"From the new hotels to the big sports arenas, we love it," Victoria tells me. "I think the whole world will come here, see this and enjoy it.

These days, the people here look unmistakably happy. And sometimes it feels like the entire city is celebrating.

This is my very first Olympiad, and what I`m quickly realizing, is it`s about more than just the sports - this is an entire citywide festival that`s being enjoyed by Russians and by foreign visitors as well.

JOE DESIMONI, AMERICAN TOURIST: I feel very comfortable here, because there is so much security all over the place.

UNIDENTIFIED MALE: You have to go through metal detectors, even to see ballet. No one is taking any chances. Russians are well aware that for the next few weeks, their country is on an international stage in an Olympic theater where even the audience members are performers.


AZUZ: Big challenge ahead for the National Football League and Michael Sam, he`s a former defensive end for Missouri, planning to enter the NFL draft this May.

In an interview Sunday, Sam announced that he`s gay. This could make him the first openly gay player to be drafted in the NFL. But will the timing of Sam`s announcement affect his draft prospects? Eight executives and coaches, interviews by "Sports Illustrated" said this could hurt him in the draft for several reasons. One is that the NFL`s locker room culture might not welcome an openly gay player. Another is all the media attention that drafting him would bring. Some teams might not want that. And NFL statement says the league would welcome and support Michael Sam. And NFL player who spoke anonymously to "Bleacher Report" said "Half of the NFL`s locker rooms will accept him, half won`t."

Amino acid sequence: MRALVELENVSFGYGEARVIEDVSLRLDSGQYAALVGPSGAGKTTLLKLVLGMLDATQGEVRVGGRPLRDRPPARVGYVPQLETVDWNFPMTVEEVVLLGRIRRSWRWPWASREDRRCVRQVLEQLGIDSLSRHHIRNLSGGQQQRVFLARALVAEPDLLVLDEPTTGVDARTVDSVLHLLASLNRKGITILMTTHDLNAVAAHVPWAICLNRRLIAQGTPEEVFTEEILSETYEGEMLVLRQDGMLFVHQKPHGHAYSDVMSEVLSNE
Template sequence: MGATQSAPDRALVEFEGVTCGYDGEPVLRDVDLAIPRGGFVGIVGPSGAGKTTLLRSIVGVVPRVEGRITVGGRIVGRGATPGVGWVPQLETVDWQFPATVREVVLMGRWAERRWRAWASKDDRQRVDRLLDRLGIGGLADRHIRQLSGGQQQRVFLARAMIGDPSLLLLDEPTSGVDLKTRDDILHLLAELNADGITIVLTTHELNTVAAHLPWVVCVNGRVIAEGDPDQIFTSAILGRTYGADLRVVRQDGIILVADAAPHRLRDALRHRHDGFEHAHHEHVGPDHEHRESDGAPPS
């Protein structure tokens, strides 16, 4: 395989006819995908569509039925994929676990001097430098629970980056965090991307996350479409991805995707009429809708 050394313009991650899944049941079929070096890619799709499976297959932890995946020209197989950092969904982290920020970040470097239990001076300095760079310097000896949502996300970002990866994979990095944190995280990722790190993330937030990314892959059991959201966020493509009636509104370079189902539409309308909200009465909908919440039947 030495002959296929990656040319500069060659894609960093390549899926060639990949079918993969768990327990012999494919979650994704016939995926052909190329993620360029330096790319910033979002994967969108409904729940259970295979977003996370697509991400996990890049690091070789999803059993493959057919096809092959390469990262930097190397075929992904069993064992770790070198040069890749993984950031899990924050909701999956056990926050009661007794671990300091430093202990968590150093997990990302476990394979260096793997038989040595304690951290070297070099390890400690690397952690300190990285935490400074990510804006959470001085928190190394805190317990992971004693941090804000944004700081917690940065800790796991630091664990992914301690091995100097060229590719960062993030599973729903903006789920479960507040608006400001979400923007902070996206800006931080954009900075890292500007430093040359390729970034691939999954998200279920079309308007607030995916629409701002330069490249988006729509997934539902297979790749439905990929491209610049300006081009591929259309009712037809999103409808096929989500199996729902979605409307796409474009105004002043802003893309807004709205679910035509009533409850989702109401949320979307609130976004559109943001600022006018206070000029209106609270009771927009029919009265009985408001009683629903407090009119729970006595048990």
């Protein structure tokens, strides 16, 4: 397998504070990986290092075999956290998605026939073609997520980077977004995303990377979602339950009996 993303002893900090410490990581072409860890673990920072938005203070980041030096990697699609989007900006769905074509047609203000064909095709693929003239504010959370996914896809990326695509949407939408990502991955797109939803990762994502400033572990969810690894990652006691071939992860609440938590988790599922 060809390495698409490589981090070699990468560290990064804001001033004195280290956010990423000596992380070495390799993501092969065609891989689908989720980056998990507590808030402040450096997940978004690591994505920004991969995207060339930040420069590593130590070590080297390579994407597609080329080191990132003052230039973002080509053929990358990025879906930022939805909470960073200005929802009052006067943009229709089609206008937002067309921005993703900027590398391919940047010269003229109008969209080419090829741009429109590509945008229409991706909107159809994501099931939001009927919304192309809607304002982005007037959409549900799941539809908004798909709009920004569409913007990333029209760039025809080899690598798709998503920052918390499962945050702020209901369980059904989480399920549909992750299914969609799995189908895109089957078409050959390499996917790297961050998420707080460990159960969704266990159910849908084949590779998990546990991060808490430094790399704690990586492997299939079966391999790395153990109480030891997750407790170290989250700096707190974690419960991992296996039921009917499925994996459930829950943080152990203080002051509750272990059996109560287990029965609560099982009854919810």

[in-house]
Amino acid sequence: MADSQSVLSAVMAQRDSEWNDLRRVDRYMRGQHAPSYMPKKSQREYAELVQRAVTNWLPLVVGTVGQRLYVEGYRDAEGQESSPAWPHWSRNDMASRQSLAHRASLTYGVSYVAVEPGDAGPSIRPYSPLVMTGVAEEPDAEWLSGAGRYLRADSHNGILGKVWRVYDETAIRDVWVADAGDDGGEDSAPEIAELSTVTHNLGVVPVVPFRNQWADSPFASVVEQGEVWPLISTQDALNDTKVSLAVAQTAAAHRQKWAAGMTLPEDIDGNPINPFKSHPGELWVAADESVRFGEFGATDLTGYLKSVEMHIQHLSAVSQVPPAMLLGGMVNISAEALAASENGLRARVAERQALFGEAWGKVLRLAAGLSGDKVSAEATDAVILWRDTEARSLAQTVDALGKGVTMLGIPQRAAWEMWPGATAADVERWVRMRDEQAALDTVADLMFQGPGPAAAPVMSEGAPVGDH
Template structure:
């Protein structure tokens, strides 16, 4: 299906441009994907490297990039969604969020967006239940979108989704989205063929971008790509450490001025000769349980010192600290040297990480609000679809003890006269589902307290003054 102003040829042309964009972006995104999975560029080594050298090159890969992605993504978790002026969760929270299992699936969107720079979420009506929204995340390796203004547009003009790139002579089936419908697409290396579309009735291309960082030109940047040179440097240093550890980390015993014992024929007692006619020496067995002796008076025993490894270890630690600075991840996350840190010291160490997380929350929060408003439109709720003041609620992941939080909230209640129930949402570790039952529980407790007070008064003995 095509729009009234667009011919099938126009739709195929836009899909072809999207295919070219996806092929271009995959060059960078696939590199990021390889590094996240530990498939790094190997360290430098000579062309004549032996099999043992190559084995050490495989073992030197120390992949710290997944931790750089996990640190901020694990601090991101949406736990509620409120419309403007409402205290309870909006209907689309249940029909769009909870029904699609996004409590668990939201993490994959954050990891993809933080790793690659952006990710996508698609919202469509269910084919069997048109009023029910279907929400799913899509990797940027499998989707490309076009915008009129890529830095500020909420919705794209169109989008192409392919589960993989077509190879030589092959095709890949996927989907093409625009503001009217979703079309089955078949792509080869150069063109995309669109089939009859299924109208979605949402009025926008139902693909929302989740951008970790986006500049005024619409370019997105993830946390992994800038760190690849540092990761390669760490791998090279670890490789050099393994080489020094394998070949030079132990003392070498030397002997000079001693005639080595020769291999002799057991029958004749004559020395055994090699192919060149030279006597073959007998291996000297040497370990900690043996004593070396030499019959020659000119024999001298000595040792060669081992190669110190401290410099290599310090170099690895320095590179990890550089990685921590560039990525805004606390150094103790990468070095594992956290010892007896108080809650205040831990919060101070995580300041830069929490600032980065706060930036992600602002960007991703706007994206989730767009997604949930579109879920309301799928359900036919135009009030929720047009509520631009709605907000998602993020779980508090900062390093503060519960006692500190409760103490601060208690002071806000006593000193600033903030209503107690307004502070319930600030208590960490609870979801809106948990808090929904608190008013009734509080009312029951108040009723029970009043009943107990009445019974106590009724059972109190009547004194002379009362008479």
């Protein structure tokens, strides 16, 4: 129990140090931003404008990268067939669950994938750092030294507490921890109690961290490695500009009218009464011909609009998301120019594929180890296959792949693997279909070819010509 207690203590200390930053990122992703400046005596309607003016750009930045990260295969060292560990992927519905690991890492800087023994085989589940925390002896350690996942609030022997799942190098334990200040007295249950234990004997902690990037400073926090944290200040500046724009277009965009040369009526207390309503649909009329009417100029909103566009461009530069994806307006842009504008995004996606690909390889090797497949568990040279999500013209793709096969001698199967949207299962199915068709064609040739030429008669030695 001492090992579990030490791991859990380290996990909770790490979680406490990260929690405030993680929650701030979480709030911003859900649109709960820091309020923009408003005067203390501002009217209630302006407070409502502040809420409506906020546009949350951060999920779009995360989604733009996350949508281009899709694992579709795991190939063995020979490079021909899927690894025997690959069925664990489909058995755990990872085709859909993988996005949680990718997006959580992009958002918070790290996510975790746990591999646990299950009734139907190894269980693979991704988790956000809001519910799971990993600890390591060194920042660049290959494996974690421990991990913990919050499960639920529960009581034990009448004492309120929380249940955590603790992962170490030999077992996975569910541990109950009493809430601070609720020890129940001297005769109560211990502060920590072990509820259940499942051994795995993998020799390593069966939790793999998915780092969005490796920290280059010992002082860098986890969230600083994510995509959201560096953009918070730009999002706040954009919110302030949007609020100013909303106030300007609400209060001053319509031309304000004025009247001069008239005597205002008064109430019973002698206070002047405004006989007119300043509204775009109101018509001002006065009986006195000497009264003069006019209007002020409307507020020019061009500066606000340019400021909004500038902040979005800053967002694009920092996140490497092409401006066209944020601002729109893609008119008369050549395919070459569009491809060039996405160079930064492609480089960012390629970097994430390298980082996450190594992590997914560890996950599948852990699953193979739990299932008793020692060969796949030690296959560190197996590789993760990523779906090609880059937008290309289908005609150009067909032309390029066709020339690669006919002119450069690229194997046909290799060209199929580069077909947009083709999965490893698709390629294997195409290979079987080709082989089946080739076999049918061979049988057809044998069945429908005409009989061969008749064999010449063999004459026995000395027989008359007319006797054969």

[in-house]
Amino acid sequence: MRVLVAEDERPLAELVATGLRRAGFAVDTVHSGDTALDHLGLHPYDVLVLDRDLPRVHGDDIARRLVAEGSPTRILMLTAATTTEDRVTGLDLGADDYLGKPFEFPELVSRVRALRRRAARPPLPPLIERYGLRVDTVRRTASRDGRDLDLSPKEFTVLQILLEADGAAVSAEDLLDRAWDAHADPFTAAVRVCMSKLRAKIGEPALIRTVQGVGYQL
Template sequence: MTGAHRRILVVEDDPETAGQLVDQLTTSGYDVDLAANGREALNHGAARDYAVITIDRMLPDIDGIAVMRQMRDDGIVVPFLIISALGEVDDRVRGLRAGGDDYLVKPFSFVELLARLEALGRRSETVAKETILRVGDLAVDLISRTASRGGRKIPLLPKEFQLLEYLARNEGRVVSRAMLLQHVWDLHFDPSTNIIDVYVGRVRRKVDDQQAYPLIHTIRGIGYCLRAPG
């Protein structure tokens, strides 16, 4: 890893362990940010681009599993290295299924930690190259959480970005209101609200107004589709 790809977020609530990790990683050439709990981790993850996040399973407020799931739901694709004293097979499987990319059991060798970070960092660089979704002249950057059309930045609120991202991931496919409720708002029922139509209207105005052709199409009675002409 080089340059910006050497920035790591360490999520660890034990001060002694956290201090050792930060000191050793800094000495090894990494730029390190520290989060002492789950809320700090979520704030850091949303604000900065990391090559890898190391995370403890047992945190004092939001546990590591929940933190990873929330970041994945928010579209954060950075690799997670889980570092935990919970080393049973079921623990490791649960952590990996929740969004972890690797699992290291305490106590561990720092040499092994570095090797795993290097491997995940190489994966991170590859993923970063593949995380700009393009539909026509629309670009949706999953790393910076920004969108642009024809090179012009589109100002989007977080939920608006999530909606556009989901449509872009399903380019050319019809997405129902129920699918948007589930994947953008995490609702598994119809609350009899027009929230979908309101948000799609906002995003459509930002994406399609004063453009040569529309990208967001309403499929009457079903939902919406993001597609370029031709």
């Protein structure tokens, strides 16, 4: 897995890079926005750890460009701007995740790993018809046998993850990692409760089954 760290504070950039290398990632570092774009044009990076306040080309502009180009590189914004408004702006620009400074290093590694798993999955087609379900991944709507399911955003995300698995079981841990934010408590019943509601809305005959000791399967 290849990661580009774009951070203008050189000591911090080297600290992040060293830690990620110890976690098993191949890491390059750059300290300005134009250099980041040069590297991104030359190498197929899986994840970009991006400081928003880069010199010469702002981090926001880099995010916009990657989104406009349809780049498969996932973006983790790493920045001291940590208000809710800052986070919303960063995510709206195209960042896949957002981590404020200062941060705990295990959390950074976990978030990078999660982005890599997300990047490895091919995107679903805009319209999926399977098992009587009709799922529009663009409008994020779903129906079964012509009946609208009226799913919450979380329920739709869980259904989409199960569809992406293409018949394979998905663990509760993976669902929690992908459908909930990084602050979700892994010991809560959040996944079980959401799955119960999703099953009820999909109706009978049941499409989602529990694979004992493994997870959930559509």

Are the pirates ready for today`s "Roll Call?" Yes, they are. Shoutout to the Davis High Schools pirates. They are watching and putting up with our puns in Yakima, Washington. Next, to Joliet, Illinois. You don`t want to meddle with the steel men. They are online at Joliet Central High School. And good day to the Knights. We found them in Aurora, Indiana, the Knights of South Dearborn High School.

Before we go, one little kitty wants to nap, one little kitty wants to groom. Here`s what we mean. The description on this YouTube video says that Hazel, that`s the name of the toddler, likes to snuggle with the family cats, sometimes she gets groomed, too. Apparently, the cat doesn`t mind taking a break from its catnap to lap up a few minutes of quality time with the toddler. But have anyone ever asked the girl what the deal is with the calic (ph), and she has to explain it`s a cat lick, and someone says, you`ve got to be kitting me right meow. And she says nothing, because cats got her tongue - well, so goes a tale of two kitties. That laps up all our time for today. Just when you thought there were no more groom for puns. Sorry. I just get so cat up in these things. I`m Carl Azuz. For CNN STUDENT NEWS.